Majority of residents in Somerset prefer some form of local government reform

Residents in the county of Somerset show their preferences when it comes to local government reorganisation

The author(s)

  • Matthew Bristow Public Affairs
  • Glenn Gottfried Public Affairs
  • Holly Day Public Affairs
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A new report by Ipsos MORI shows most residents in Somerset want some form of change in how local government is structured within the county. The research, which was commissioned on behalf of the four district councils of Somerset, found that when residents were presented with four options to replace the current structure of local government, the proposal to create two new unitary councils of Eastern and Western Somerset, known as the Stronger Somerset proposal, was the most preferred option with three in ten (29%) choosing this option. This came out slightly ahead of the option to have more collaboration between district councils (27%) while 15% said they preferred the creation of a new single unitary council for all of Somerset. Just under a quarter (23%) said they preferred no change therefore maintaining the status quo.

Somerset residents recognised that there is a difference between Eastern and Western Somerset when it comes to landscape, infrastructure and people. A majority (54%) agreed there is a difference while only 18% disagreed. A majority in both the areas of what would become Eastern and Western Somerset agreed (51% in Eastern Somerset vs. 56% in Western Somerset).

Other findings from the survey include:

  • Somerset residents found each of the challenges set out within the Stronger Somerset Outline Business Case to be a concern, the most pressing being challenges facing young people (72%), challenges facing the economy (71%) and disadvantages of older people (70%).[1]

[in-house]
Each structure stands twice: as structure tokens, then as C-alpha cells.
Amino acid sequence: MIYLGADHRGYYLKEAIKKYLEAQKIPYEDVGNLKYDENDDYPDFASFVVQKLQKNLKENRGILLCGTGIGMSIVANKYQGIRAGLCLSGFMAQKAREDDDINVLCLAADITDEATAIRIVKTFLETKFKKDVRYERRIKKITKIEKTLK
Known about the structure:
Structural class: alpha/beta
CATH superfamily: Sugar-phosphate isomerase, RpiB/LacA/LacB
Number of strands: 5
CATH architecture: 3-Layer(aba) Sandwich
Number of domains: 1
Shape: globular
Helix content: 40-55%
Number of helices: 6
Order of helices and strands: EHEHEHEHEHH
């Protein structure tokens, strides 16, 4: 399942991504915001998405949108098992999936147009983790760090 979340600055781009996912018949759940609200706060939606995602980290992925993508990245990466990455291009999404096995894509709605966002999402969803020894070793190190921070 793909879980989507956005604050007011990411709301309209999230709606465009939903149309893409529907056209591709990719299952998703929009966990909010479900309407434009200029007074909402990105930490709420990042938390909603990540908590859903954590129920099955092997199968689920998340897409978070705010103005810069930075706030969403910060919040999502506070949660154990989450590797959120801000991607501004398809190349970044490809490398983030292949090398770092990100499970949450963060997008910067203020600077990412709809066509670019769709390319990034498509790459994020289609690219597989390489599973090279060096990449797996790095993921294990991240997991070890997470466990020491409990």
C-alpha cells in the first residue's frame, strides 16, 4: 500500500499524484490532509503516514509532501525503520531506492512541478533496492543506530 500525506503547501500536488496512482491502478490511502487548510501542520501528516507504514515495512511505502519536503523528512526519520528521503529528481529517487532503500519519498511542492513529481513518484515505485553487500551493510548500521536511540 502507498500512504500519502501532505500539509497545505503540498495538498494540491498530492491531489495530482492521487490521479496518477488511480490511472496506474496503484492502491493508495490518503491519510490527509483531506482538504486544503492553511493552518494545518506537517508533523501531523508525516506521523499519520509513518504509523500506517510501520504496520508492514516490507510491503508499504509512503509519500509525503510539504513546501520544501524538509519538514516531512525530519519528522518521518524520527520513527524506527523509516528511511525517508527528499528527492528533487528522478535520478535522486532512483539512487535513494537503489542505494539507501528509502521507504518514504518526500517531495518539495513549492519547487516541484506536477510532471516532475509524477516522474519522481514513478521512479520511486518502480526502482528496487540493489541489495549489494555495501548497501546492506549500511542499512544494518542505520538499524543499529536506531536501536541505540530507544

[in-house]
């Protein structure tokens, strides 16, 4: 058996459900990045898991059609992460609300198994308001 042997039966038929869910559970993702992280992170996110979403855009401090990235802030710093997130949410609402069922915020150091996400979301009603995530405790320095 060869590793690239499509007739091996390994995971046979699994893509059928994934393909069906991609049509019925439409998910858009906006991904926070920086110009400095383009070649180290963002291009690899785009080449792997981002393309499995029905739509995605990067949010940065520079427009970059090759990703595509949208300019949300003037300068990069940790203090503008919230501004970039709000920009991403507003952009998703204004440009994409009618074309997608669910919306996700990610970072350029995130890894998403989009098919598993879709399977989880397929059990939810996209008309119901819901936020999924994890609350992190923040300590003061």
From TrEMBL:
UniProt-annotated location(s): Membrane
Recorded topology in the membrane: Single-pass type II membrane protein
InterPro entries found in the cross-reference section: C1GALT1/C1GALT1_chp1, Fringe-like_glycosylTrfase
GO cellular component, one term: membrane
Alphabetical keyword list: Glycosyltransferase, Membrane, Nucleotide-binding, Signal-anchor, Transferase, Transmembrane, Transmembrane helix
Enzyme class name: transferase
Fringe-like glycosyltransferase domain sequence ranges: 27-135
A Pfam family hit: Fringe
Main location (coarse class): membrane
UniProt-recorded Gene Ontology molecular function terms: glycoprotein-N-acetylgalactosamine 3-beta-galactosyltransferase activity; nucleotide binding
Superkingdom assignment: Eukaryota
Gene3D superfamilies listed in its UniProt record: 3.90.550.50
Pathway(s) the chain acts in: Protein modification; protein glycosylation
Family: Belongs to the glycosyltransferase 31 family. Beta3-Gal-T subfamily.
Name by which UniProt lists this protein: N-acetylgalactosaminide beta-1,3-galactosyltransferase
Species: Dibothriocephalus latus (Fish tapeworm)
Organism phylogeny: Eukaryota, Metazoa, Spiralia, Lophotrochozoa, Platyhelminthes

• Residents were more likely to think that the ability to address these challenges won’t change if the proposal to create two new single unitary councils goes ahead, however, few thought that it would make things worse. For example, when it comes to the challenges facing young people, half (50%) said things would stay the same if the proposal went ahead, 23% said it would make it better while 16% say it would make things worse.
  • Sentiment was more divided when it came to the Stronger Somerset proposal improving local democracy. For example, when it comes to the ability of local government to make decisions for the local area 36% said having two councils would make things better, 24% said worse and 33% said it would stay the same.
  • Those who preferred the Stronger Somerset proposal against the other three presented options were much more likely to think that the proposal will improve both the ability to address the challenges facing Somerset and strengthen local democracy.
  • When it comes to support for the principles of devolution and localism, residents were very much in favour of these principles. Two-thirds (66%) said they support devolution (in line with both national and local polling) while 71% support said they support localism.
  • Somerset residents showed higher levels of satisfaction with their district council than they did with Somerset County Council. Two-thirds (67%) said that they were satisfied with their district council (15% dissatisfied) compared with 45% who were satisfied with the county council (31% dissatisfied).
  • The public services people were most satisfied with are waste and recycling collection (79%), parks and green spaces (71%) and street cleaning (64%) while they’re mostly dissatisfied with road maintenance (52% say dissatisfied). The district councils were also more trusted than the County Council to deliver all services asked about in the survey, including services and support for young people. The only exceptions where the County Council was more trusted was the delivery of road maintenance and environmental provisions.

Notes to Editors:

Ipsos MORI carried out 2,049 telephone interviews conducted across the County of Somerset with adults aged 18+ between 26 October – 22 November 2020.

Quotas were used for gender, age, work status and district council so that the data represents the population profile of Somerset County.

Data has also been weighted by gender, age, work status and district council to match the population profile of Somerset County.

All polls are subject to a wide range of potential sources of error.


[1] The Stronger Somerset Outline Business Case is available at https://www.strongersomerset.co.uk/case-for-change

The author(s)

  • Matthew Bristow Public Affairs
  • Glenn Gottfried Public Affairs
  • Holly Day Public Affairs

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